ANCHORAGE, Alaska (AP) " The borders of the Who Dat Nation extend far beyond the top row of the Mercedes-Benz Superdome, far beyond Sulphur and Bastrop and Bogalusa, and far beyond the Lower 48 for that matter.

In fact, there's a colony of Who Dats in Anchorage, Alaska " 4,344 miles from Poydras Street.

The Anchorage Who Dats gather on Sundays in a log cabin-style saloon called the Peanut Farm, where they are sequestered in a special room all their own, with a big projector screen and several small televisions.

Fans of other NFL franchises also swarm the Peanut Farm on Sundays, but the Who Dats believe they are probably the most numerous. Estimates vary from three dozen to 75 Alaskan Saints devotees who get decked out in their black and gold gear for games.

Between plays, they quaff beer and chant "we believe" with gusto. "We get a little more wild than the fans they're used to," said Ryan Robert, who was born in Denham Springs.

When the Saints score, they cheer raucously, in part to razz the Packers fans in the next room.

"The Saints fans are the loudest for sure," said Peanut Farm bartender Casey McCutcheon.

Because of the time difference, noon games in the Dome begin at 9 a.m. in Anchorage, which can be before dawn during football season.

"There's time to sober up (afterward) and have the rest of the day," Robert said " unless a division rival is getting their "butts kicked" in a subsequent game. Then the Saints fans might hang around and "have another beer or two," he added.

Morning drinking aside, Anchorage isn't much like New Orleans. There are mountains. They eat giant crabs instead of tiny crawfish. Bears lurk on the outskirts, not alligators. But Anchorage seems to share one fundamental characteristic with New Orleans: People come for a visit, then stick around.

Most of the Anchorage Saints fans hail from Louisiana. Some of the Who Dat Nation expatriates were stationed in the 49th state while in the armed forces. Some traveled to Alaska for work. At least one fled the street violence of New Orleans in the 1990s for the less volatile northern wilderness.

In conversation, everyone comments on the beauty of the place.

Sure it's cold, but "the cold is like the heat in New Orleans," said Robert. "It becomes a normality."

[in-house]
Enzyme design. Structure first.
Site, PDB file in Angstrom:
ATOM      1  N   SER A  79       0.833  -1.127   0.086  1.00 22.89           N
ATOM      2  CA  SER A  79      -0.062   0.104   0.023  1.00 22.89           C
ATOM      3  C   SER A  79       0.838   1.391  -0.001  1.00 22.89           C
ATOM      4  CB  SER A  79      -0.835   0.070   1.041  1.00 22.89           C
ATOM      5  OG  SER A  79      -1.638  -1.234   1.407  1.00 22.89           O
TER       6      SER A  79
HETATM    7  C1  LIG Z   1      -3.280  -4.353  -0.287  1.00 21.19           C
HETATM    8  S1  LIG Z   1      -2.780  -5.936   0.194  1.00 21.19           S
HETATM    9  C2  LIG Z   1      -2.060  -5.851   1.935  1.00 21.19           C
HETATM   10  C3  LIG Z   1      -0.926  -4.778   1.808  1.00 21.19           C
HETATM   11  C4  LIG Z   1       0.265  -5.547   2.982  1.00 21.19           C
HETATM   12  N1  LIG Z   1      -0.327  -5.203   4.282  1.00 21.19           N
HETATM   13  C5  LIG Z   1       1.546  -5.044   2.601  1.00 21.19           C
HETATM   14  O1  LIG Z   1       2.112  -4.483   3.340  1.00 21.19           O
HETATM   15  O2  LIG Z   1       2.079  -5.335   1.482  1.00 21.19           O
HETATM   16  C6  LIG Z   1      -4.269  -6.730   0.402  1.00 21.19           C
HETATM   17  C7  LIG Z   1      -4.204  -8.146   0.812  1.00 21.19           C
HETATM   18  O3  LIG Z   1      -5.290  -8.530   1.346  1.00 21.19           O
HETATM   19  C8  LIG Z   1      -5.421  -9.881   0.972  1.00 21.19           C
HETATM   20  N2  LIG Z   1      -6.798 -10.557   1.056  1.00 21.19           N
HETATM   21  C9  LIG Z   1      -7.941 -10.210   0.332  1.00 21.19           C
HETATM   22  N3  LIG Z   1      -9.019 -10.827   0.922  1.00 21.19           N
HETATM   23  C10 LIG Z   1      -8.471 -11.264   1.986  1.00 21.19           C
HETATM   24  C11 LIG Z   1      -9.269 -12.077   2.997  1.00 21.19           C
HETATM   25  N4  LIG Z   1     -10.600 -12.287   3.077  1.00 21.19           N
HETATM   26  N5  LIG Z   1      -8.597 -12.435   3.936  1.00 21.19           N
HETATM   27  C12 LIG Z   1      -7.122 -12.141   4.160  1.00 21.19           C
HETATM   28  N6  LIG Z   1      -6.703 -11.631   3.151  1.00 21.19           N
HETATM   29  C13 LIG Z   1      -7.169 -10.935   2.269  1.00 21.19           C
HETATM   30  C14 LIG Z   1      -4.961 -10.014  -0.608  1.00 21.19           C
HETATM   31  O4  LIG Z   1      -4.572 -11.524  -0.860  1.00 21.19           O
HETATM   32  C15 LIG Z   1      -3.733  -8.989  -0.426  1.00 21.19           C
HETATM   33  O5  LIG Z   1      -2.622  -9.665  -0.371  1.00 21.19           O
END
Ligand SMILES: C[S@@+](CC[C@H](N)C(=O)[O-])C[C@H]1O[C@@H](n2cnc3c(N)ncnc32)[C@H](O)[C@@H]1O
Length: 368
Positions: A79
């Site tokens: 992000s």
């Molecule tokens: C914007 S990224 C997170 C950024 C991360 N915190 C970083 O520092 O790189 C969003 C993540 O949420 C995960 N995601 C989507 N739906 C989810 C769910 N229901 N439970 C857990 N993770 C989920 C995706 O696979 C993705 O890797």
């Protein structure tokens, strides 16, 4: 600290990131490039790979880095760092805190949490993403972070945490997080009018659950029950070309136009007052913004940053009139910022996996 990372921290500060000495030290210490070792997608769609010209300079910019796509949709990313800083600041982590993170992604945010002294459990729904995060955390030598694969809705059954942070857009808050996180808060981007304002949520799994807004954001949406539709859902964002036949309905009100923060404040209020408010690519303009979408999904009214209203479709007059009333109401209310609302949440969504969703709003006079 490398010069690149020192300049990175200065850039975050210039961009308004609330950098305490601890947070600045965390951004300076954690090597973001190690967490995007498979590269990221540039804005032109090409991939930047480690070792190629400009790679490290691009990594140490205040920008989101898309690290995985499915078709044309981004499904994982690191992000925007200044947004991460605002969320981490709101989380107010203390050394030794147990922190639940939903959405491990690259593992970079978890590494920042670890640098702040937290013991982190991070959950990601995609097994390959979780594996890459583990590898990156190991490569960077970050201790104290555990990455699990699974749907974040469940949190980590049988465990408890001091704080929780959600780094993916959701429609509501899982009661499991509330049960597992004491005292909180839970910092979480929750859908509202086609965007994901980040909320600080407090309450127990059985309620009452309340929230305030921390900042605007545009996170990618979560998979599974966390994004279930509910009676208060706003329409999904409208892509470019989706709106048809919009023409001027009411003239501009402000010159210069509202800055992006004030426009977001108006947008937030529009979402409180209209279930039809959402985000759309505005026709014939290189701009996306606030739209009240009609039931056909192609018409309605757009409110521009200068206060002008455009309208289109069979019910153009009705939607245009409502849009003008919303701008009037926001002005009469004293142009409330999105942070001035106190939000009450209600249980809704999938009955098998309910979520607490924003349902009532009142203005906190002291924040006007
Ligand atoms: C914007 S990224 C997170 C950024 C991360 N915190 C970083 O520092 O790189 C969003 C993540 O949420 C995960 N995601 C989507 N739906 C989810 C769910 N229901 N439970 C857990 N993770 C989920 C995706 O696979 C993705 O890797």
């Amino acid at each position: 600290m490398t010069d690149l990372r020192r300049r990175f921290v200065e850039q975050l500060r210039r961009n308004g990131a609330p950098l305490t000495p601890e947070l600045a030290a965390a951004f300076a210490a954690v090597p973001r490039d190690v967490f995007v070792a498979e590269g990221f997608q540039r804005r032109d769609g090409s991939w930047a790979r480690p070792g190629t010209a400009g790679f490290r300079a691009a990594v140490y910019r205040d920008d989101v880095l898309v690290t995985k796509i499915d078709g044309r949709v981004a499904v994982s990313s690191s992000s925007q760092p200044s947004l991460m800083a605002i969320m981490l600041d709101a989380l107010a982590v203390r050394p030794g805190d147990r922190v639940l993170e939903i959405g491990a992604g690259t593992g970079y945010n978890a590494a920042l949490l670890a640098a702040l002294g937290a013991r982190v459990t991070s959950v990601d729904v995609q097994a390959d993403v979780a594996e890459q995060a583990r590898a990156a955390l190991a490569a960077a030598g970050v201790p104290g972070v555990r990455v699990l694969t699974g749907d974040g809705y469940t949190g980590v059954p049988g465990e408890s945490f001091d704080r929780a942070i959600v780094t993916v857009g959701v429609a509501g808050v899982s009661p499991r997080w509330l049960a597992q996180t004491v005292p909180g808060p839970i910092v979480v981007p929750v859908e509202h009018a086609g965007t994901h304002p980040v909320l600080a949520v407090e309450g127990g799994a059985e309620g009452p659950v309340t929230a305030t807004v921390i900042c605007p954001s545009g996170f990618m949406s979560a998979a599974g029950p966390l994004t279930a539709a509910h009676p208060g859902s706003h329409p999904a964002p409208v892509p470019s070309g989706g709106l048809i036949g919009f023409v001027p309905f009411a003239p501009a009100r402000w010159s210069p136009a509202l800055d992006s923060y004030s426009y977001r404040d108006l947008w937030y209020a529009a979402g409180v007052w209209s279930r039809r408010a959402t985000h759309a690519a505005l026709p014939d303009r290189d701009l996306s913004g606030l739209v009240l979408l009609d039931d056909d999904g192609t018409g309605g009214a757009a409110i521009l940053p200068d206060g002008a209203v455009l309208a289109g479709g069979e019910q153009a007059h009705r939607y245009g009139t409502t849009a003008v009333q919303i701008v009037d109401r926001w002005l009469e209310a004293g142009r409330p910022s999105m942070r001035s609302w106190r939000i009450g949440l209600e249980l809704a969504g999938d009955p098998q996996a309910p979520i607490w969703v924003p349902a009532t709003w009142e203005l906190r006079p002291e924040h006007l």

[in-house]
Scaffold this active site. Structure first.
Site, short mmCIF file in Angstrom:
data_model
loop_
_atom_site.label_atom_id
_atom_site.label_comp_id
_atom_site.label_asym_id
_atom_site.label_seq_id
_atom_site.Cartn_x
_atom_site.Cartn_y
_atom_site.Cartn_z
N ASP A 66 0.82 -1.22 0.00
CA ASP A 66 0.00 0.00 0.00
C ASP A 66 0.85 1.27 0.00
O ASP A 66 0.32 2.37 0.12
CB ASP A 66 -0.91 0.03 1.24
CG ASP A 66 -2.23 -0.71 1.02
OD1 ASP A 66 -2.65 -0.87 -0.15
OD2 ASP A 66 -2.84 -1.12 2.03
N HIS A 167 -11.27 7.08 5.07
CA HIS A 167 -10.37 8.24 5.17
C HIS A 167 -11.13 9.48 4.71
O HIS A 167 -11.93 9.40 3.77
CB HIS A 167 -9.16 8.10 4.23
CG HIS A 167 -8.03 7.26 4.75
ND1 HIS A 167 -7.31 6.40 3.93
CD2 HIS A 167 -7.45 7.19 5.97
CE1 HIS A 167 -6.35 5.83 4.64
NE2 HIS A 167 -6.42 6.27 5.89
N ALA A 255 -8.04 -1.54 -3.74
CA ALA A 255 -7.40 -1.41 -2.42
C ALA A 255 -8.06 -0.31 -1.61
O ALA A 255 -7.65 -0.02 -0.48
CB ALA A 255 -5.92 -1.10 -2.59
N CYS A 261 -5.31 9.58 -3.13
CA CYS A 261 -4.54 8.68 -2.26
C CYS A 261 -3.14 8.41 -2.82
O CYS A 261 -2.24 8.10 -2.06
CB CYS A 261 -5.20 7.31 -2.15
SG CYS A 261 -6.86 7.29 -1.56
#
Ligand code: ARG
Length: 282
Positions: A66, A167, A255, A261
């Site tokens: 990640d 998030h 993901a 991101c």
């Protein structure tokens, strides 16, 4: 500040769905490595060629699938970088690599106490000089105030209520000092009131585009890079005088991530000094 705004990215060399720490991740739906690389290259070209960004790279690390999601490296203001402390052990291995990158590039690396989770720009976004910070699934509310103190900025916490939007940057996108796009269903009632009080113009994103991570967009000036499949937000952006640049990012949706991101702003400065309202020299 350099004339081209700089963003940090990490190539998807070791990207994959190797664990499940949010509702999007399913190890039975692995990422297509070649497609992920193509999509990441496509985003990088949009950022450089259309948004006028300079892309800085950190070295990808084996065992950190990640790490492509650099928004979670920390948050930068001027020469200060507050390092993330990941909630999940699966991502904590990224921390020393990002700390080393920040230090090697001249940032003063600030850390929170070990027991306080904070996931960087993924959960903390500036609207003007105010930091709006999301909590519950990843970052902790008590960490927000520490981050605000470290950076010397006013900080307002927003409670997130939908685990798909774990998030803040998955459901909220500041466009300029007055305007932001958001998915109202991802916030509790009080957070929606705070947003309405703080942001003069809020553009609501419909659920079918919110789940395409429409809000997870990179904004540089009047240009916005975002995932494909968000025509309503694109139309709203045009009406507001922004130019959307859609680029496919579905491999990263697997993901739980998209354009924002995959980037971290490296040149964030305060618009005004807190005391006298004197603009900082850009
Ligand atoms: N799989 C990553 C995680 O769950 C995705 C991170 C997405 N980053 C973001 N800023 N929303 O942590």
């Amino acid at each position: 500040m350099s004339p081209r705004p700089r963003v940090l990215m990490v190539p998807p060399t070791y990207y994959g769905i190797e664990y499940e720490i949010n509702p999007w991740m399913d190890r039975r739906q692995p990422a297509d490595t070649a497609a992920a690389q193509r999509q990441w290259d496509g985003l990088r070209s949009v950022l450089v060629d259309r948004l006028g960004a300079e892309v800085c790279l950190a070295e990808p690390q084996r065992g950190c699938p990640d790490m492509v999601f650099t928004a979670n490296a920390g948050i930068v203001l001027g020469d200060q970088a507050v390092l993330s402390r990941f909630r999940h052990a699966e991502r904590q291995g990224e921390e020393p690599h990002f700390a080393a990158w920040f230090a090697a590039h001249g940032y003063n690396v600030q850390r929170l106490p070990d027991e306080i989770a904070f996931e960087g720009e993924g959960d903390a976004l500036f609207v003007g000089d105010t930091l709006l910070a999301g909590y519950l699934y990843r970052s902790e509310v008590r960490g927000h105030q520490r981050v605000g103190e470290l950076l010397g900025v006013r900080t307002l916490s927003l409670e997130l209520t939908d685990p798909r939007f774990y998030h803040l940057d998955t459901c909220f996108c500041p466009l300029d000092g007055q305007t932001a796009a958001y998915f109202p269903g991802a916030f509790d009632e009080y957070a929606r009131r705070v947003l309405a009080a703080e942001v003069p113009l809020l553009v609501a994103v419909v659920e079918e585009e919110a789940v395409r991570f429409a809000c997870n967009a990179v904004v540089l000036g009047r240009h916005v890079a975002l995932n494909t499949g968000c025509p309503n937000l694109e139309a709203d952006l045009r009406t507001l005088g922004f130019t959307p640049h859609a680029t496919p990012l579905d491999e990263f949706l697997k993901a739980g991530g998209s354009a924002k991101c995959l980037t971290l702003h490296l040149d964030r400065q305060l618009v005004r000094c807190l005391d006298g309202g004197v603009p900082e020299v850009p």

The Seattle Seahawks are the "home team" in Anchorage because that's the closest franchise. But not all natives are allied with the aqua-blue and foam-green team.

Heather Rudisill was born in Alaska but came to love the Saints when she and her Louisiana-born husband moved to Kenner in the 2000s to be closer to his folks. "I may not be from there, but I was there when we won the Super Bowl (in 2010), and I saw the pure joy that exploded out of every face and household," she said.

When Rudisill, an accountant, moved back to Alaska, her Saints fervor persisted. So much so that while hiking, she sometimes writes "Who Dat" in the sand or snow.

Three years ago, she was thrilled to hear of a gang of like-minded Saints fans planted at the Peanut Farm.

"I feel so lucky having found it," she said. "There are hugs, high-fives, and when there's a big play, we do the 'Who Dat' chant. It's fun and there's no drama. I am so happy to be a part of this family."

Everybody calls it a family, and everybody sees it as a Louisiana touchstone.

"Every game is a home game," said Victor Tucker, who grew up in New Orleans East.

Rudisill discovered the so-called "Saints Room" because Karl Liggens, who was born in New Orleans, produced a group Facebook page. Ten months ago, however, Liggens' job as a fuel truck driver required him to move from Anchorage to Valdez, Alaska.

The Peanut Farm is now more than five hours away via a road that is sometimes afflicted by rockslides, soft shoulders, wandering moose and more snow than they have at Hansen's in July. Still, he's made it to a couple of games.

Television isn't the only connection between the Anchorage Who Dats and the Saints. Aircraft mechanic Richard Loomis, the brother of Saints General Manager Mickey Loomis, is a sometime visitor to the Saints Room. Richard Loomis, who first came to Alaska from his native Oregon while serving in the Air Force, is naturally a staunch supporter of his brother's team.

"There are some really passionate fans," Loomis said of the Peanut Farm Who Dats. "It gets pretty wild with screaming and all."

When one of the Anchorage Saints fans, Dan McClain, attended a game in New Orleans, Richard Loomis asked his brother to roll out the red carpet, which included a visit to the Saints sideline. But McClain, who was born in Monroe, wasn't just any displaced Who Dat " he was the founding father of the Saints Room.

According to his son Jesse, Dan McClain first tried to establish a regular Saints viewing spot at a downtown Anchorage hotel, but the vibe was wrong. Hooters worked out better. But when the Saints went to the playoffs in 2000, the population of Anchorage Who Dats expanded, and soon, the game-day gatherings "started getting too big for Hooters," according to Jesse McClain.

Over lunch at the Peanut Farm, Dan McClain proposed to the management that he and his fellow fleur-de-lis-wearers take over a room during games.

As Jesse McClain recalls, the manager said, "If you can fill it, it's yours."

When the Saints went to the Super Bowl, an unprecedented number of Who Dats stuffed themselves into the Saints Room. According to Jesse McClain, when the Saints won, his dad "fell to his knees and was crying."

Dan McClain, who died in 2018, is remembered with a Saints jersey bearing his name on the Saints Room wall.